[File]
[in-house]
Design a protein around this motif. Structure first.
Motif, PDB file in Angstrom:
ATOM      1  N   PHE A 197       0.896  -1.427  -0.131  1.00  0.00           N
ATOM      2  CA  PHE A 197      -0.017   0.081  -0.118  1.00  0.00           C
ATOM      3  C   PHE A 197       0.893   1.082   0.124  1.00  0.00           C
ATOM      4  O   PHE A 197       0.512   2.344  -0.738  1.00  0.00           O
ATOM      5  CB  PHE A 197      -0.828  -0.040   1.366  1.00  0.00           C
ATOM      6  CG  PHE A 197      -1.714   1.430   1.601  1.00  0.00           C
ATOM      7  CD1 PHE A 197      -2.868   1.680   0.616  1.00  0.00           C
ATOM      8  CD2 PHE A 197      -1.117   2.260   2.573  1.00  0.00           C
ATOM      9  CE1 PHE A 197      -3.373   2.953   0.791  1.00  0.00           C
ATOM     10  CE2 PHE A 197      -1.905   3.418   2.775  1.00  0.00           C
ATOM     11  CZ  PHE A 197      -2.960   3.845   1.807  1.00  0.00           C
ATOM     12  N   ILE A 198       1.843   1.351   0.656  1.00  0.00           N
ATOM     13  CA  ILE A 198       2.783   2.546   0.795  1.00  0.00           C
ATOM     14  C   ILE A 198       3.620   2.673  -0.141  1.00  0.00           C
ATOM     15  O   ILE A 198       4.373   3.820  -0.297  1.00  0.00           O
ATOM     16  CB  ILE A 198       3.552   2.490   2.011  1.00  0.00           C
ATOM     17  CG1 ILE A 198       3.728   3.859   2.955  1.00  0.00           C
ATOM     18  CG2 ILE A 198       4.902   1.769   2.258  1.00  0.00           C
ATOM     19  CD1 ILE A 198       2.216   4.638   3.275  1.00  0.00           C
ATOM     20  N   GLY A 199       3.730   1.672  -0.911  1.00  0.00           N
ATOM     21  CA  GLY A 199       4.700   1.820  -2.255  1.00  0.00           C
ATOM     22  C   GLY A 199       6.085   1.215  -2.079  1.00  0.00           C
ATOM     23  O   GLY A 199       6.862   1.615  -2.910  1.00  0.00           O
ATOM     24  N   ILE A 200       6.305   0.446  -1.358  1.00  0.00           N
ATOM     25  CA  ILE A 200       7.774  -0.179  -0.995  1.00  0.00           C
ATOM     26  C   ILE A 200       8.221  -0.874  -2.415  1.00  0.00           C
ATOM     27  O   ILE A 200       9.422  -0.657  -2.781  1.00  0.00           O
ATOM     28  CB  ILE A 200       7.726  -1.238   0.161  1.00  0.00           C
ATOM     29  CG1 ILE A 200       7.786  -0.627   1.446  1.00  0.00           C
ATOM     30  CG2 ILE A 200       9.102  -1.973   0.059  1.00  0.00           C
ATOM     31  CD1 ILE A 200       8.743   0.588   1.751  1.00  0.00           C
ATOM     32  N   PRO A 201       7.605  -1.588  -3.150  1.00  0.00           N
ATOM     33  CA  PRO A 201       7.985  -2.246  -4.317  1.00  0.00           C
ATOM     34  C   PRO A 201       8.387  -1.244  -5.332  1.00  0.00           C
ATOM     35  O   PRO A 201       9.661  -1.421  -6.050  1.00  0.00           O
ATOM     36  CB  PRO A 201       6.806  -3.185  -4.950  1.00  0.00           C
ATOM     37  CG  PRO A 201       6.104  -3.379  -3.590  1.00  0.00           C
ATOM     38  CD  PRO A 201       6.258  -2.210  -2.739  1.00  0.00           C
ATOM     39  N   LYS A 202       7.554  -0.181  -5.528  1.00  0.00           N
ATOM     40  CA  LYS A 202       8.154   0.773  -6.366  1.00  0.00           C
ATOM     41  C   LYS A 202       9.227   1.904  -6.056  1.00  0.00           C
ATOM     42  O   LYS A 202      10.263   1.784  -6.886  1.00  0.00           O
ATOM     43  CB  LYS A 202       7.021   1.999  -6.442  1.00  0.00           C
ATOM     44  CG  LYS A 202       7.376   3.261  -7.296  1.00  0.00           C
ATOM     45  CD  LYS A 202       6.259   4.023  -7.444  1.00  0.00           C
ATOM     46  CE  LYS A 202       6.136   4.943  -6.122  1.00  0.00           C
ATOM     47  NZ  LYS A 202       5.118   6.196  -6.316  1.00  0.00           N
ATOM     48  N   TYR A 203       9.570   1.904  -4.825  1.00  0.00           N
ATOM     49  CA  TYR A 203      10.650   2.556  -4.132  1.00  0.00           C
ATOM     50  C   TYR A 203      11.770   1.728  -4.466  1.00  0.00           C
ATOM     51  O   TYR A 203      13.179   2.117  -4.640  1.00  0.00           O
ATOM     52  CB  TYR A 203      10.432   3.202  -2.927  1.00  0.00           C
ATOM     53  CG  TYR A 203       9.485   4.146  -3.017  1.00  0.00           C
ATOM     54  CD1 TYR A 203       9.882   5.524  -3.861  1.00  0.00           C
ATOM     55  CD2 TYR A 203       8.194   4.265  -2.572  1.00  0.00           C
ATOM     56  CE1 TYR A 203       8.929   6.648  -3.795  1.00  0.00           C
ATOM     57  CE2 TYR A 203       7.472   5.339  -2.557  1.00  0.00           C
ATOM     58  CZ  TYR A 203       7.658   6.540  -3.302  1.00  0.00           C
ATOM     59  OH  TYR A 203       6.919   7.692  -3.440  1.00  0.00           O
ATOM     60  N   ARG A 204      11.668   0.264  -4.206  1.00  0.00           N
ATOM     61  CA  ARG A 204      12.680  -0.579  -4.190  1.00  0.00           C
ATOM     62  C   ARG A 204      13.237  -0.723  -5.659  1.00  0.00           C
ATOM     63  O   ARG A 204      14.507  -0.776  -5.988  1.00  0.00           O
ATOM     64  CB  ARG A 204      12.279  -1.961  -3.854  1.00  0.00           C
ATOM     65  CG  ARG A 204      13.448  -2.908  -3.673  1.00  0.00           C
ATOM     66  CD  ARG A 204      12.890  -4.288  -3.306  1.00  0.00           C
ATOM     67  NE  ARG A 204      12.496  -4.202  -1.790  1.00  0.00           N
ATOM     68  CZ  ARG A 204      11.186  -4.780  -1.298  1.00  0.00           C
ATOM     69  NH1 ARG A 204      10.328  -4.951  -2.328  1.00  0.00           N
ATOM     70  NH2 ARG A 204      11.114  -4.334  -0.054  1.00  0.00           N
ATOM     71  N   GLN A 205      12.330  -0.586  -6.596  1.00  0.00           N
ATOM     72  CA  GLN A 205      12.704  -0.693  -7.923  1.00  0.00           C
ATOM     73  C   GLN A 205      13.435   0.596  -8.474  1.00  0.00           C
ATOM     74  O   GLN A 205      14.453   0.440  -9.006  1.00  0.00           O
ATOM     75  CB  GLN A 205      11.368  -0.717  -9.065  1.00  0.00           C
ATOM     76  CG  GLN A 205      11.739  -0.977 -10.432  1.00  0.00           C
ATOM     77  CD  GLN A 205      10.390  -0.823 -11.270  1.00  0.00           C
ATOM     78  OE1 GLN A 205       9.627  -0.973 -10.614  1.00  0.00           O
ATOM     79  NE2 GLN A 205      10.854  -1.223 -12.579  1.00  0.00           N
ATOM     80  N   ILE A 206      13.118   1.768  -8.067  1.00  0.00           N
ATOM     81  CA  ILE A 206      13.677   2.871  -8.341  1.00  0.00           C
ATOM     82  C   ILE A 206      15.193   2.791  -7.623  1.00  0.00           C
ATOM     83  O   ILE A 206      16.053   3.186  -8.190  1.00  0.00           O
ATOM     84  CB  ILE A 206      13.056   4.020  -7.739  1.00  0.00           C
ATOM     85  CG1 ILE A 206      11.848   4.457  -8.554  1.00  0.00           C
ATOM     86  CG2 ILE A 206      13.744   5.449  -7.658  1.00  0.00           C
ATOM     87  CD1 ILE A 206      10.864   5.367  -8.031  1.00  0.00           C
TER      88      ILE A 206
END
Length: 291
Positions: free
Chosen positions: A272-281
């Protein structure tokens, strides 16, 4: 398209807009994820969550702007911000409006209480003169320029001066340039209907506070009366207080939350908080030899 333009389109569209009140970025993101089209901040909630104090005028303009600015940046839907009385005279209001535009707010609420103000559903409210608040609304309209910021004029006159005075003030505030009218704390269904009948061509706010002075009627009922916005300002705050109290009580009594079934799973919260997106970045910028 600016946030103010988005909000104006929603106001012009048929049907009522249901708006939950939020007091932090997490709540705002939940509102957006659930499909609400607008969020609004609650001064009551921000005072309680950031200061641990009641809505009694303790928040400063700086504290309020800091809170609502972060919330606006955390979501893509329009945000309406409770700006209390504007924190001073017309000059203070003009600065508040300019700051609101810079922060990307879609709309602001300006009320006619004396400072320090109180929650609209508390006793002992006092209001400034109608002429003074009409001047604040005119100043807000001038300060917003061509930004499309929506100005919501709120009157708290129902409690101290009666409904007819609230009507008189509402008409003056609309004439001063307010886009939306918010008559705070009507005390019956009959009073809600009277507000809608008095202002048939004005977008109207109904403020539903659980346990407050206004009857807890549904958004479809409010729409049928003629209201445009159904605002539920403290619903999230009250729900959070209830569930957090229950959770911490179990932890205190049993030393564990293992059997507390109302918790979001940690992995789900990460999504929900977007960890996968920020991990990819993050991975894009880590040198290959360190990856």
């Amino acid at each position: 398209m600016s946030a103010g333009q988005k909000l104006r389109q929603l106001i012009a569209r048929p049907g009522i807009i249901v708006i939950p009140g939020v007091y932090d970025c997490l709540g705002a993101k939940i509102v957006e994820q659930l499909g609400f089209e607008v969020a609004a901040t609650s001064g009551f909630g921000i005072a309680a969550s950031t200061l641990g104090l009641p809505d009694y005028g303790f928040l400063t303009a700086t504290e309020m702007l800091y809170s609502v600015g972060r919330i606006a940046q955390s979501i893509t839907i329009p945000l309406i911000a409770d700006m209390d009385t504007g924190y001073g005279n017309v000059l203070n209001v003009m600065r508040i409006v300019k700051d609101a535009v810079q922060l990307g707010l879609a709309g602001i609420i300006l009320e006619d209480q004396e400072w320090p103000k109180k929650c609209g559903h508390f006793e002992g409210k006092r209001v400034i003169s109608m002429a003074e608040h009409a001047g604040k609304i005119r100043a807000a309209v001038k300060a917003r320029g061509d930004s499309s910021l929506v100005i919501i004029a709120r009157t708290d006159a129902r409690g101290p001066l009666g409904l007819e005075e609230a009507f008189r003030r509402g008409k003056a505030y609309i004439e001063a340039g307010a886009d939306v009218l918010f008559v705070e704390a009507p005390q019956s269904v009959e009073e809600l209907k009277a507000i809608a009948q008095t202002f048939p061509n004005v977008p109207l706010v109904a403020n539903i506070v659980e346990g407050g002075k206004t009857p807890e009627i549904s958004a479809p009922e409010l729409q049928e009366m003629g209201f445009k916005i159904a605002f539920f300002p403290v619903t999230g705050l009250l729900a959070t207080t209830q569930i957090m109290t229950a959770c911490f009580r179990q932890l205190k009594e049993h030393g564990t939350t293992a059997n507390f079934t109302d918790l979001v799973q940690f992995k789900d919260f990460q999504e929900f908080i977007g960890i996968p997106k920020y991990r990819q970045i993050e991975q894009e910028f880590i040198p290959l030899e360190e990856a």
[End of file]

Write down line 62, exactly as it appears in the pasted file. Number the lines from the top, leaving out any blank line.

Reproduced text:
ATOM     59  OH  TYR A 203       6.919   7.692  -3.440  1.00  0.00           O